Globe-Gazette from Mason City, Iowa on December 23, 1933 · Page 1
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Globe-Gazette from Mason City, Iowa · Page 1

Mason City, Iowa
Issue Date:
Saturday, December 23, 1933
Page 1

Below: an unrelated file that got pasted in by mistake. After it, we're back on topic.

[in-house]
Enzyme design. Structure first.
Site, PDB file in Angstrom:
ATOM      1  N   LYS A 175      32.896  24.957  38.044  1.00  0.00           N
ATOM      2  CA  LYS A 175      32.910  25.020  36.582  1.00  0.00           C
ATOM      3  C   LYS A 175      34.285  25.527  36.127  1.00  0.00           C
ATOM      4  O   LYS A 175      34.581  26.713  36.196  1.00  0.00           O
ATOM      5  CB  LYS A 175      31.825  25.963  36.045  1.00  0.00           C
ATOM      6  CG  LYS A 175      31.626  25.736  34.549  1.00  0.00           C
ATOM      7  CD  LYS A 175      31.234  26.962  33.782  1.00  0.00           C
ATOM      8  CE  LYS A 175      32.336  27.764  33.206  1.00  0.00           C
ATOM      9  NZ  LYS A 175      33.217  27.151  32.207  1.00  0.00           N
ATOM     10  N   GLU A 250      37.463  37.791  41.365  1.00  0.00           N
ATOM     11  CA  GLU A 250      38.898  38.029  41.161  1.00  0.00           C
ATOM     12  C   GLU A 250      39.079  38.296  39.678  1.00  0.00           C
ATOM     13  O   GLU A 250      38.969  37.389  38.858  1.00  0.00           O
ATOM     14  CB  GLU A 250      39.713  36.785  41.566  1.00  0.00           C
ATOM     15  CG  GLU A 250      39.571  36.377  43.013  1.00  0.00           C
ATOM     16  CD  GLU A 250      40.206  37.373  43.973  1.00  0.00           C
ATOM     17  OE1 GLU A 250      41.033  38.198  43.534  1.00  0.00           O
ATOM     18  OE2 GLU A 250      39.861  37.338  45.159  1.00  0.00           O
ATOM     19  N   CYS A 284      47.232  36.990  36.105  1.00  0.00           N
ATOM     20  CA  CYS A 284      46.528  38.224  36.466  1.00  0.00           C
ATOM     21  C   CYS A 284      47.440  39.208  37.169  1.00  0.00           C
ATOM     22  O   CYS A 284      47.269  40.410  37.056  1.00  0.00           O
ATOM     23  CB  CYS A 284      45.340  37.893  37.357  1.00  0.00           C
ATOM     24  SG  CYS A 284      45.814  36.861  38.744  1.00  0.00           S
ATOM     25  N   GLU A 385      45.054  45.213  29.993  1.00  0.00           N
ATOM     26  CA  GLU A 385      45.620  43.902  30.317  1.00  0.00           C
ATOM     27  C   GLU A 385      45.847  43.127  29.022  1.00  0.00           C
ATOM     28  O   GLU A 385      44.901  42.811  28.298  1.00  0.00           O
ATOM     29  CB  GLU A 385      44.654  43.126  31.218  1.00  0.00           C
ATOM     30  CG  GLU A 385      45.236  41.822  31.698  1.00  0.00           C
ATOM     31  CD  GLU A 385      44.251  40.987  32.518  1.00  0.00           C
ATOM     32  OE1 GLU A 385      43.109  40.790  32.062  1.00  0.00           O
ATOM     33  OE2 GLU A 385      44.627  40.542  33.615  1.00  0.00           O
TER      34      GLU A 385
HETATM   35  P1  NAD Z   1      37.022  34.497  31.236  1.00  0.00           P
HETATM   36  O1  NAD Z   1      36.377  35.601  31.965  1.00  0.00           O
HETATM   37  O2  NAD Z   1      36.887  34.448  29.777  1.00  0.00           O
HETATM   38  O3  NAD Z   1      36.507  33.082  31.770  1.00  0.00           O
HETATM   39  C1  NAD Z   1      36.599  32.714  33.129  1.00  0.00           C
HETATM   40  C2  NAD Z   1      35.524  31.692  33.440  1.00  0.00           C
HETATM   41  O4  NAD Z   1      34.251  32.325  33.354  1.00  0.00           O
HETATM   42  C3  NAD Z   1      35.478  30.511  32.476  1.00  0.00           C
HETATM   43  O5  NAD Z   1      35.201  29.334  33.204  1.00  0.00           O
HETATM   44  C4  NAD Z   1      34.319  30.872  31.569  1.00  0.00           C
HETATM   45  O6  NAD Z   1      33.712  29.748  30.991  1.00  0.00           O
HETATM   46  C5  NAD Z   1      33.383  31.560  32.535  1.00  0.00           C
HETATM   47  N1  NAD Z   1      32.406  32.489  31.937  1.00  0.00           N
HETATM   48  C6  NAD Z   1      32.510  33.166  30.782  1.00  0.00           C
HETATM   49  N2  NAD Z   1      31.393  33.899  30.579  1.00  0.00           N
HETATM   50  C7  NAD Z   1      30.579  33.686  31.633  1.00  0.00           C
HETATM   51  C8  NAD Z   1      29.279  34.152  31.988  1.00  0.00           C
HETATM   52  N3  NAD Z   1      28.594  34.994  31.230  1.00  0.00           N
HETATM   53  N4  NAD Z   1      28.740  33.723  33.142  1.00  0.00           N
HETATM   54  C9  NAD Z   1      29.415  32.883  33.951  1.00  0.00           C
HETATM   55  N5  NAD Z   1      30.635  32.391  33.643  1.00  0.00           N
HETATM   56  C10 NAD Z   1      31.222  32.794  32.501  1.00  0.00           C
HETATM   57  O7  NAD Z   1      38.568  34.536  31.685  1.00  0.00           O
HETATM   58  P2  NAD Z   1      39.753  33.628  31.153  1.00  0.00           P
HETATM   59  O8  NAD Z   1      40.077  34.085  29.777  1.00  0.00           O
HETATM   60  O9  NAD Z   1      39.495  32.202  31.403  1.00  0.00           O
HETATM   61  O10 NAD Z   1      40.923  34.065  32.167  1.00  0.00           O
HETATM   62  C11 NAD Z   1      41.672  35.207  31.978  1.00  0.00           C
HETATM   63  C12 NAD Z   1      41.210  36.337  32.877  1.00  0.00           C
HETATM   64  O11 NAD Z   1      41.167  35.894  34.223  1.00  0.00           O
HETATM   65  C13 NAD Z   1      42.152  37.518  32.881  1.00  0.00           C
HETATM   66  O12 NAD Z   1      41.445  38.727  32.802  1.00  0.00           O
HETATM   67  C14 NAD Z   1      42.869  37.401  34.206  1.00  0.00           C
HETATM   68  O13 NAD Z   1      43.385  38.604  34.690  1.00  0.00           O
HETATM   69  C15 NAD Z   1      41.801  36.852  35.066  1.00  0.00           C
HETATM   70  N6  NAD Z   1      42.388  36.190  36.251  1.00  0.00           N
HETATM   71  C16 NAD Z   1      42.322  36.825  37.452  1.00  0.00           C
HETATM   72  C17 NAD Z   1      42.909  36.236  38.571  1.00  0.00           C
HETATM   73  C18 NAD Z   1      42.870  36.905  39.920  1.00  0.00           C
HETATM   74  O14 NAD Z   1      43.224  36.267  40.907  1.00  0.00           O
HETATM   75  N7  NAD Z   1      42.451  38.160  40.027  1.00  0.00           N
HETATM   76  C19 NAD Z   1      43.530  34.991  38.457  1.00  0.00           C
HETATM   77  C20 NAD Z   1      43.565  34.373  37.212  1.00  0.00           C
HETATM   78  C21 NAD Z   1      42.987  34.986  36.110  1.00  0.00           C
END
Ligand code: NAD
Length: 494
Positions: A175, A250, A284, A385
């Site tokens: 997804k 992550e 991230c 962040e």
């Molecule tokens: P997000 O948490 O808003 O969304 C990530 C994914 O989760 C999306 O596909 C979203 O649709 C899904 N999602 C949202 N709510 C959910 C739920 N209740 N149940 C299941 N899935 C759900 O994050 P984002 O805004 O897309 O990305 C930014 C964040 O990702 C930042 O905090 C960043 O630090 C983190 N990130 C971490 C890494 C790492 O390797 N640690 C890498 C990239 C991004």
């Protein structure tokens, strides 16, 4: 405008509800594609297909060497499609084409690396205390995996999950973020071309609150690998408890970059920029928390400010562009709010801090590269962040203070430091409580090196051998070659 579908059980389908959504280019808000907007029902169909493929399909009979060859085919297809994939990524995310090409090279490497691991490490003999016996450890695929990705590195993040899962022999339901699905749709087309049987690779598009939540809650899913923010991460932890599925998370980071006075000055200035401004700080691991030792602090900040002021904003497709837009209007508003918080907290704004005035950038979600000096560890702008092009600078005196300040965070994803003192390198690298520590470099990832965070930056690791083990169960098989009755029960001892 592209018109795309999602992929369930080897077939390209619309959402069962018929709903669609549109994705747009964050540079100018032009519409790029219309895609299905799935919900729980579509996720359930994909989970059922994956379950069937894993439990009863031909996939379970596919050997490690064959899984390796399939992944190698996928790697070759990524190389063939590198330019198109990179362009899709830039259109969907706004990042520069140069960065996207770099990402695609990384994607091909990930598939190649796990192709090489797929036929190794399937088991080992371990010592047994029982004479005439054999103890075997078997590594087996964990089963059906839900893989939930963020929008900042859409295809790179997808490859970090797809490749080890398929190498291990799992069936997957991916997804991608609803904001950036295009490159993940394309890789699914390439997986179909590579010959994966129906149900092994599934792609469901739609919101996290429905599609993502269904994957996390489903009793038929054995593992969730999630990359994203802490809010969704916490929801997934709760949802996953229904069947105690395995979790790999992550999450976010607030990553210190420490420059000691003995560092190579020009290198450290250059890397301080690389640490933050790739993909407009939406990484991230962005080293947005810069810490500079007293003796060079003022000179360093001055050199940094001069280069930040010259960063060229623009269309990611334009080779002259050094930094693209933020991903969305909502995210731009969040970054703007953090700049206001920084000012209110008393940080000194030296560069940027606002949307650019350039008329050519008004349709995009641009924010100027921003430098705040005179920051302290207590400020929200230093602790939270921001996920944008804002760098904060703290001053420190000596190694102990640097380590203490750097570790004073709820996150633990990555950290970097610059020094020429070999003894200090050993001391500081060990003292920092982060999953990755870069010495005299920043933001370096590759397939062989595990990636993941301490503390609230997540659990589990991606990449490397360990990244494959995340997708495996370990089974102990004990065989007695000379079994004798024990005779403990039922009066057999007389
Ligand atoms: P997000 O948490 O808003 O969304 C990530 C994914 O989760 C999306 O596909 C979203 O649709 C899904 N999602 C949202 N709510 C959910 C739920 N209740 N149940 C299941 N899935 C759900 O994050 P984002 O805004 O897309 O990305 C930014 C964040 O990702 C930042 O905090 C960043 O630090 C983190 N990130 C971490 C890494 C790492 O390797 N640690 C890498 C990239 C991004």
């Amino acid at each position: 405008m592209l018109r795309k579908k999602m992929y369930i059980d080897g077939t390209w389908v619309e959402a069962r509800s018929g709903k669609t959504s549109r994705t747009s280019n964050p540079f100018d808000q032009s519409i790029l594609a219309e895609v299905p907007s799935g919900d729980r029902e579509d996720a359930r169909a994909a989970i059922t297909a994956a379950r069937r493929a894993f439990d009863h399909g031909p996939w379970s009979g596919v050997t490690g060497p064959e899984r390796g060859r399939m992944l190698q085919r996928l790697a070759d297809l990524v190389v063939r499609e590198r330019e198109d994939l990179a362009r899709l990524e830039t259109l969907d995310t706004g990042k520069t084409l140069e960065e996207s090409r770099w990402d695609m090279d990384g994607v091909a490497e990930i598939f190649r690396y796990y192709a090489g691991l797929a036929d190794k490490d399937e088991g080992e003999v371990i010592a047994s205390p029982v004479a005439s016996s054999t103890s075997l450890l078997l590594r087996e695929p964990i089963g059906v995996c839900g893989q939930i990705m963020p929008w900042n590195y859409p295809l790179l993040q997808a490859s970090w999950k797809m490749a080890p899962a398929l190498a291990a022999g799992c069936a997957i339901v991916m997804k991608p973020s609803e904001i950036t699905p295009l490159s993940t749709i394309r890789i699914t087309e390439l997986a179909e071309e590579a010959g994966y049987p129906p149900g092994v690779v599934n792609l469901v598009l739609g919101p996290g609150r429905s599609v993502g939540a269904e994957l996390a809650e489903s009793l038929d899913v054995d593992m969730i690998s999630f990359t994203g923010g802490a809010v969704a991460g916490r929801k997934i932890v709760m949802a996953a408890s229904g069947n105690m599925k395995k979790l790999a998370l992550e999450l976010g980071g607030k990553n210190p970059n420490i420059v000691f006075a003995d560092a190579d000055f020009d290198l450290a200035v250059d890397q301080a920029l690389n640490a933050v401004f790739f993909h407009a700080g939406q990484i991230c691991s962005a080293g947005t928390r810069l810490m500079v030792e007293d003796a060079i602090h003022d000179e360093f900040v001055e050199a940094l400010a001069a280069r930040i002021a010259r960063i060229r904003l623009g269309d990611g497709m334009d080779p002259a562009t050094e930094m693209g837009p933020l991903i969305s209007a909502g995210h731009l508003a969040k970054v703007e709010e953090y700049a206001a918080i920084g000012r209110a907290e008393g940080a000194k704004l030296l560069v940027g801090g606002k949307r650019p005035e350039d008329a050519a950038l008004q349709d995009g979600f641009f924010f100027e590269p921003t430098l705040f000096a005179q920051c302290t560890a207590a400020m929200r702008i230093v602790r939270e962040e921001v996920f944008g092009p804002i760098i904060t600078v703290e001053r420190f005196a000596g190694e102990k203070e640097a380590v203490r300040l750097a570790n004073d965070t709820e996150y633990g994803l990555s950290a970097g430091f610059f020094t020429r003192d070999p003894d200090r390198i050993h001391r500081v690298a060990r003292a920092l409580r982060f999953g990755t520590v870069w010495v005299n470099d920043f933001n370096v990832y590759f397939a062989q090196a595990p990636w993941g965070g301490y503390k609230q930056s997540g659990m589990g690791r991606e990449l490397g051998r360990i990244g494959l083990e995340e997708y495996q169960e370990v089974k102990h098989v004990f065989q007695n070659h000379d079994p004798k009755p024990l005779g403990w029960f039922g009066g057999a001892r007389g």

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North Iowa's DAILY PAPER 4r 5^ Edited for the Home - "THE NEWSPAPER THAT MAKES ALL JJOBTH JOWAA'S NEIGHBORS" H O M E E D I T I O N VOL. XL P1VP. CENTS A COPY ASSOCIATED PRESS LEASED WIRE 6EKV1OU MASON CITY, IOWA, SATURDAY, DECEMBER 23, 1933 CONSISTS Ob' TWO SECTION ONE NO. 65 Mark Time on Tariffs Colombia Bilateral Treaty Waits for Ratification. By HERBERT PLUM.MEU. A S H I N G T O N , Dec. 23. (2P) '-That the present a d m i n islration will continue to "mark time" as far as a general tariff policy is concerned is evidenced by recent white house suggestions that prevailing international conditions are not favorable. The negotiated tariff idea had a prominent place in the campaign a r g vi m e n ts of President Roosevelt. More than nine months have elapsed since his inauguration with, little progress made in this direction. A. biateral treaty has been signed with Colombia, but must await ratification by the national legislatures of the two countries before it becomes effective. Repeal of the eighteenth amendment added new impetus to the old policy of "Yankee trading." Clothed as he is, however, with i greater tariff powers than any ever I enjoyed by a president, Mr. Roose- 1 velt as yet has used that authority I in only a few instances. I Little Action So Far. I Under the broad flexible provisions of-the tariff act, the president I has, it seems, been loath to act, even I more so than his republican predecessors. These provisions empower the president to raise or lower any specific jduty by 50 per cent. There has bee£ kittle indication that the tariff commission is doing more than marking time. Importers say the commission has been, flooded with requests for studies , oa ;,varioua ^duties, · , but , il any i any "import;-;; case : they 'have : been } few and minor. When NRA came along, additional powers were granted the president to meet the fears that any ^rise in domestic prices would bring a flood of imports. He did, in effect, lay an embargo against importations which threatened domestic ·-ecovery measures, but no addition- il powers to lower duties were in- luded. Hull's Resolution. Secretary Hull's activity at the 'an-American conference in Monte- -ideo in advancing his tariff reso- ation calling for downward revision s considered significant. At the ame time adhesion of the Latin- Vmerican delegates _to the Hull res- ilution does not imply obligations. Tariff changes, for that matter, ' /are not effected at international (conferences. I President Roosevelt evidently has [this in mind as his reason for seem- jing-ly believing, for the present at I least, that the best method in the direction of world wide reduction in tariff walls lies in the negotiation of bilateral treaties with individual nations. Breeder of Fighting Bulls, PCA Head Dies BOGOTA, Colombia, Dec. 23. /P) --Igncio Sanz de Santaraaria, leading breeder of fighting bulls and president for many years of the Colombian society for the Prevention of Cruelty to Animals, died here today. loo Hot for Santa. .KEOKUK. Dec. 23. (IP)--If this !ceps up Santa Claus will have to .shed his coat. With Christmas just nround the corner the temperature shot up to 63--the highest for Dec. 22 in 58 yenrs. Wea IOWA WEATHER Generally fair Saturday nlglit and Sunday. Colder In the extreme south portions Saturday night. Much colder Sund:»y. LOCAL STATISTICS Globe-Gazette weather figurea for 21 hour period ending at 8 o'clock Saturday morning: Maximum Friday 38 Mmimum in Night 2S At 8 A. M. Snturday 28 WEEKLY FORECAST I; CHICAGO, Dec. 23. (tV\--Weather Ibutlook for the period Dec. 25 to I'M: For the upper Mississippi and llowcr Missouri valleys: Weather [jraostly fair except precipitation [{period north portion about Tuesday lor Wednesday and again about Saturday; colder Monday, warmer jkTucsdny nnd U r ednesd«y, colder lat- wer part of week. SEARS STORE HEAD THREATENED Young Dutchman to Die for Reichstag Blaze 4 FREED AS CASE COMES TO END Van der Lubbe Takes No Notice as Court Gives Verdict. LEIPZIG, Dec. 23. (A 5 )-- The supreme court ended three months of deliberations today with the verdict that Marinus Van der Lubbe, 24, a brick mason from Holland, must die for setting fire to the reichstag building in Berlin last February. At the same time the court freed four communists whom the 1 state had held to bo responsible with Van der Lubbe. Thus ended one of the most spectacular trials In German history. The communists acquitted were Ernst Torgler, former communist whip in the reichstag, and three Bulgarian refugees, Georgi Dimtt- roff, Blagoi Popoff and Wassil Taneff. ' Takes No Notice. Van der Lubbe did not appear to take any notice of the verdict. Apathetic at the end as in the beginning- of the trial -- a grotesque figure in a hunched over position, with a shock of tousled hair almost touching his knees -- he seemed already dead. If the others defended their lives heroically before the meticulous 'court, the young Hollander gave; his up : .;brayely-.^Hated/ by .communists and * despiied; by' riazis, · rib" one' except his official 'counsel and his mother in far away Leyden had a good word of him. But if Van der Lubbe received no favors, he asked none. He did not shrink from bearing the burden of a crime that was hailed by government leaders as having made Germany safe for naziism -- and he never betrayed his accomplices, if any. Set Fire Alone. Throughout the trial, Van der Lubbe insisted that he set the fire alone and unaided. To the suave communist leader, Torgler, the verdict did not seem to come as a surprise. He glanced affectionately at his wife, who sat in the first row of spectators next to Dimitroff 's mother -- an e l d e r l y woman with a pleasant, wrinkled face and a shawl tied around her head peasant fashion. Dimitroff's sister was there too, an energetic woman like her brother. Dimitroff, the voluble -- who as his own counsel frequently aroused the ire of the court by his remarks -- took the acquittal with a quiet smile. The two other Bulgarians, Taneff and Popoff, grinned happily. Only Fe\v Spectators. Special police precautions, including the calling out of a brigade of storm troops to patrol the streets, proved unnecessary when only a handful of spectators appeared, braving the rain outside the court building. The official wording of the charge on which Van der Lubbe was found guilty was, "high treason in conjunction with an act of insurrectionary incendiarism and an act of simple incendiarism." Court officials announced that Torgler and the Bulgarians would Tnrn to '£, Oliimn 4t SENTENCED TO DEATH 'How Far Yon Little Candle Throws Its Beams!" DOLLFUSS GIVEN CHURCH SUPPORT Enemies Rapped in Letter From Bishops of Austria, VIENNA, Dec. 23. (IP)--The mother church sharply rapped all enemies of Chancellor Engelbert Doli- fus3, left and right, in the full text of an Episcopal letter published throughout the nation in Catholic Austria's newspapers today. In exceptionally outspoken terms, the bishops wained their countrymen to turn their backs on "false doctrines" of popular sovereignty and reject with equal vigor the "racial mania" and "religious errors" of Hitleriam. Futile and Unchristian. "The talk about the sovereignty of the people is not only futile and unchristian, hut in fact is really atheistic," said the letter, which is to be read in all pulpits Sunday. "From popular sovereignty and unbridled freedom, it is only a step to the ruinous errors of communism, socialism and nihilism--those terrible harbingers of death for the bourgeois society." While thus bluntly denouncing the democratic critics of the Dollfuss regime, the bishops reserved their sharpest attack for the nazis. Religions Battle. The struggle against Hitlerism, led in Austria by Dollfuss and his associates, was pictured as a religious battle. Catholics were urged to support the Austrian chancellor. Condemned with particular vigor were the new German sterilization law and nazi anti-Semitism. "God's authority alone," the letter said, "can make one person the administrator over others." Aberdeen Publisher Dies of Heart Attack ABERDEEN, S. Dak.. Dec. 23. OT--James A. Mathews, 52, publisher of the Aberdeen Morning American and Evening News, died suddenly from a heart attack in a local hospital early today. The body will be shipped to Indianapolis, Ind., for burial following short services J AlARINUS .VAN QEIl i,UBBi; in Aberdeen Sunday. Two Algona Men Held in Liquor Theft Emmetsburg Probe in Hijacking Case Continues. EMMETSBURG, Dec. 23.--After a 40 hour search, Sheriff Bert Montgomery and Deputy Harvey Sprout arrested Harold Sparrow, 26, and Delmar McFadden, 24, both of Al- gonn, in connection with the hijacking of 23 gallons of alcohol and the theft of 515 from the Dan Sibrel farm, four miles southwest of Emmetsburg early Wednesday, when Sibrel's housekeeper, Jewel Afc- Pherson, three Sibrel children and an elderly man on the farm were taken for a ride following the robbery, later being released near Curlew. The Palo Alto county officials lay in wait for the Algona suspects all Wednesday and Thursday nights, finally finding them near Algona yesterday. They were brought to Emmetsburg later in the day and lodged in jail here. The men were suspected, after the McPherson woman gave officers a partial description of some of the abductors. Five armed men in two sedans were implicated in the hijacking- and abduction. Officers believe that Sibrel, who is in Minnesota, was expected to return with a load of booze Wednesday and that rival bootleggers were involved in the robbery. Sibrel has been in the limelight here for several years for violation of liquor laws. He has been arrested three times on liquor nuisance charges and was once sentenced for manslaughter in connection with a poison liquor death, but was later paroled. He is awaiting trial now for maintaining a liquor nuisance, following a raid by federal prohibition officers last July. His housekeeper wag arrested and fined $125 and costs last month after pleading guilty to illegal transportation charges. About two weeks ago, officers were called to the Sibrel farm to quell a disturbance after a shot had been fired through a door by unknown assail' aiits. TWO SAY THEY WERE FRAMED Americans Are Questioned in Spy Investigation at Paris. PARIS, Dec. 23. (/Pi--Mr. and Mrs. Robert Gordon Switz, Americans held by French police on espionage charges, flatly declared themselves victims of a police "frameup" when they were examined by a magistrate today. Switz was examined by the magistrate over a period of four hours before hi.9 wife was brought to the judge's chambers. At the close of the examination Switz appeared to be on the verge of exhaustion. Switz, looking extremely young despite a three days' growth of beard, was taken to the Judge's chambers by two gendarmes. His 22 year old wife, the former Marjorin Tlllcy of New York, arrived in a patrol wagon from th- women's prison where she has been held for the last few days. The legal counsel for all the ten suspects under arrest were present as the examining magistrate began his work. O'Duffy Accused of Inciting to Murder DUBLIN, Irish Free State, Dec. 23. jT)--General Eoin O'Duffy, co- leader of the united Ireland party, today was summoned to appear before a military tribunal on a charge of inciting to murder President Earn on De Valera. The blue sliirted O'Duffy was released from jail only two days ago after a judge ruled that he and a follower, Capt. John Sullivan, had been illegally detained for the five days of their imprisonment after a clash with police at Westport, Mayo. Burglars Break Into Store at Sioux City SIOUX CITY, Dec. 23. UP)--Burglars early today broke into the Baron department store through a skylight, opened the safe and took $625 in cash. It was the second time in two years that the store's safe was robbed. On the previous occa- ._ 1 sion the robbera took $1,000 la cash, I under a similar plan. POPE PIUS SAYS PRAYER NEEDED TO SAVE WORLD C r i t i c i z e s Sterilization Program Inaugurated by Germany. VATICAN CITY Dec. 23. (.Tl Pope Pius today told a world entering the Christmas season that prayer is necessary in the present international situation. That is the word of the church, said his holiness, in this moment "so" filled with contrasts--negotiations, and refusals to negotiate-conflicts and contradictious." He said all other advice derived today from humrm foresight, precautions, efforts at negotiations, and even generosity "seems to us to be really unfounded." Annual Message Brief, j The pope's annual Christmas ad-1 dress, made before the college of cardinals and the Roman prelates, was brief. "Prayers, prayers, prayers," arc needed, In world affairs, he said and "money, money, .money is needed to wage war." Severely criticizing the .sterilization program of Germany, the pope said the inconsistency of such practices in tile light of religious teachings was clearly set forth in a papal decree of 1931 and in the encyclical "castit. cpmmbiU', s , ... '· TJecIarlng^'thlit the ""international situation is bound up "with uncertainties and distrust by the clashing interests of fruitless negotiations," the pope said the best comment ho could offer is, "nobody knows" what the outcome will be. Talk With Churchmen. Those who had been expecting a longr, analytical pontifical address on this occasion v.'ore to be disappointed, he added, saying that the situation did not warrant a more tlmn im intimate talk with the churchmen. This .year, from a religious viewpoint, has been one of religious redemption with "work in many souls and over a vast scale." There are many other things "that we feel in our heart, but cannot say," he cor tinned. Peace anil Concord. "All those who wish for the welfare, peace and concord of the world and the general good of the whole Christian family," said Pope Pius, "but who are in the snme situation as we are, namely, obliged to judge events by that which is done or bettor said, that which is not: done, for all those our word is this: "They must, firstly, pray, secondly pray, and thirdly continue to pray. We invite them all to pray and persist in their prayers," Mankind until now, said his holiness, has "talked too much and too uselessly." The pope appeared In excellent health. Garbed in white, he was escorted to the consistory hall by tho high members of the court. In Full U«ffiilln. The sacred college, in f u l l regalia, and the officials of the Vatican city were assembled there expressly for tlic traditional ceremony of wishing him "multos annos"-- many years of lifo. Cardinal Picrnatclli, HIP dean of the sacred college, sponking on be- h n l f of them ail declared that the holy year, thus far, has been "a magnificent successs." He praised the great "generosity and activity" characterized by the pope's participation in the year's special ceremonies. He was followed directly by Pope Pius, who distinctly surpi-is'ed his hearers by the brevity of his speech. Three Iowa Banks Get Release From Senate File 1 I 1 DKS MOIXES, Dec. 23. l.-Vi--D. \V. Bates, state superintendent of banking, today announced the release of three banks from the restrictions of senate file 111. The Goldficld State Bank and Trust company of Goldfield, was released unconditionally without depositors' agreement, while the Mon- damln Savings bank of Mondamin. Iowa, wan released to go under a depositor's agreement, and the Mo- Clell.ind Savings bank of JfcG'lel-1 land, Towa. was released to c o n t i n u e Cheer Fund to Be Closed Monday A. M. Last Minute Gifts of Toys and Clothing to Swell Total. Previously reported $842.21. I. L. Raymond 1.00 II. S LOO llummh Larson, Austin, Minn 1.00 P. G. and K. employes. 27.55 AVii-tan-yu club, G quilts 15.0!) Grandma .50 Lyons Inundry untl Dry Cleaning 1 employes . . .1.01) Rockwell Friend 1.00 It. V. McC 3.00 "To Adi! a Bit JMoro C'hecr" 1.00 Welfare Workers' Auxiliary 2.00 D. W. M 5.011 K-EG juiil KHL .... 2.00 --U-- 5.1)0 A Friond I.Ott .Inc and Vi .50 Thompson Friend 5.DO Central School Children 4.50 Central School P. T. A. JJ.oO Steve; Kowney and Minn Wlnaiui Mrooks 1.00 Left Hniiel 1.00 Intermediate l c l i q u e of Gritee Evangelical Cli. 1.00 l)t-nisiu Club Duni-fl . . . 25.SO Glubu-Gnzcttc employes BO.OO New Total $1)8-1.20 With only one more day in which to contribute--the fund is scheduled to close at 10 .o'clock · Christmas, -forenoon--the total in the Christmas Cheer Fiind stood at .a little less than half of what was sought. ; Some generous gifts from groups and individuals were expected, . h o w e v e r , ami Mrs. Blaise was planning to augment her fund with some left- o v e r Christmas goods f r o m a n u m b e r of Mason City stores. A call to her office will bring a collector o f these toys, foodstuffs, c l o t h e s and o t h e r articles and 11 proper credit in the final list of donors to the cause, it was announced. The rush of Christmas business; m the sloven and the conflict with numerous other holiday activities previously s c h e d u l e d militated against the size of the crowd at both benefit dances Friday night. No report had been made on the armory affair but the Denisoii club's oldtime dance, with the Lloyd Wells orchestra donating its services, poured ^25.E50 into the Christmas Cheer stocking. To He Married at Dunce. A n o t h e r dollar came from Steve Kowney and .Miss Wonoiia Brooks, who are to be married Christmas night at a public wedding in connection with a dance at the Denison clubhouse. As in former years, employes of the P. G. and E. displayed their generosity with it gift received at just the right time lo push tlie total over the .?000 mark. Workers in the various departments of the Globe-Gazettt! office (Turn to I'aRe 2. Ciilnniit 7 ASKED FOR $30,000 LETTER ORDERS ROSENWALD TO DELIVER$30,I Police Detain Man for Questioning in Plot of Extortion. PHILADELPHIA. Dec. '23. (.-V, Lessing J. RosenwaUl, millionaire chairman of the board of SeUrs. Roebuck and company, said today he had been threatened by a mail who demanded $30,000. It was the second extortion plot against Uiu wealthy philanthropist in recent, months. Police detained a man for questioning i n the case but declined to ive any details. At his home after a conference at city hall with detectives. Rosenwald said today he received a letter demanding the money about 10 days ago. Letter Dcnmnils Money. "It demanded money and'threat- ened me if I refused to deliver it," Rosenwald added. "He (the writer) told me to leave it at Olney avenue and American street where this fellow was arrested." Stating several other letters weiv received with instructions as to where the money should be placed and the denominations desired. RosenwaUl said they were evidently the work of an amateur. "However, they were very vag\n- as to the type of injury which would be inflicted if I failed to pay," RosenwaUl said. "The letters were so apparentlv the work of an amateur that t can't say I worried a great deal ubout them..They had all the-ear- 1 marks of a brain'storm :"·' Bookkeeper Arrested. Last April Roscnwald received similar letters and his co-operation with police in the case resulted in the arrest of Charles Weil, 29 year old bookkeeper, who had demanded 5100,000. Weil was captured in a eip;ir store telephone booth while talking to Rosenwald. He pleaded g u i l t y and was sentenced to seven and a. half years in the penitenliary. Police said the man under arrest is William Schulfcze, 31, of this city. He was arrested near the spot, designated In the letters at which the money was to le left. Police Said he was charged with threats to do bodily harm and extortion. After his arrest, SchulUe, who is married, was questioned at detective licndquaters for a short time and later taken to an unannounced place. Avalanche of Snow Covers Up Houses SANTANDER, Spain, Dec. 23. I.TI --An avalanche of snow rolled down from the mountains today atul buried cattle and several housed near the town of Aniezo. The .iva- lanche halted on the outskirts ol' the village, but the terrific thunder accompanying its crushing slicd- alarmed the towhfolk. Pan-Amencan Parley Will Adjourn Dec. 26 MONTEVIDEO. Dec. 23. (O,--Th,lenders of the seventh Pan-American conference, which has been in session since Dec. 4, agreed today to adjourn the parley Dec. 26. KOSENWAUI "FISH AND SEAFOODS" Down through the ages, the epicure has extolled the virtues of fish as a savory and delectable dish. Yet fish, because of a mistaken knowledge of its real food value, composes a small per cent of tiie American f a m i l y diet. Fish, properly selected, prepared nnd served is a delicious article of diet, healthful and nourishing, as well as helpful in varying the regular household meals. Hero i.s a booklet telling about economical selection of fish and good cooking. Use coupon. Mason C i t y Glohe-fiar.etto Information Burrnii, I'Yedcrlc ·!. ilnskln, Director, Washington, D. C. f inclose 6 cents in coin (carefully wrapped) for the booklet, '"Fiah and Seafoods." Name Street City State . . . .1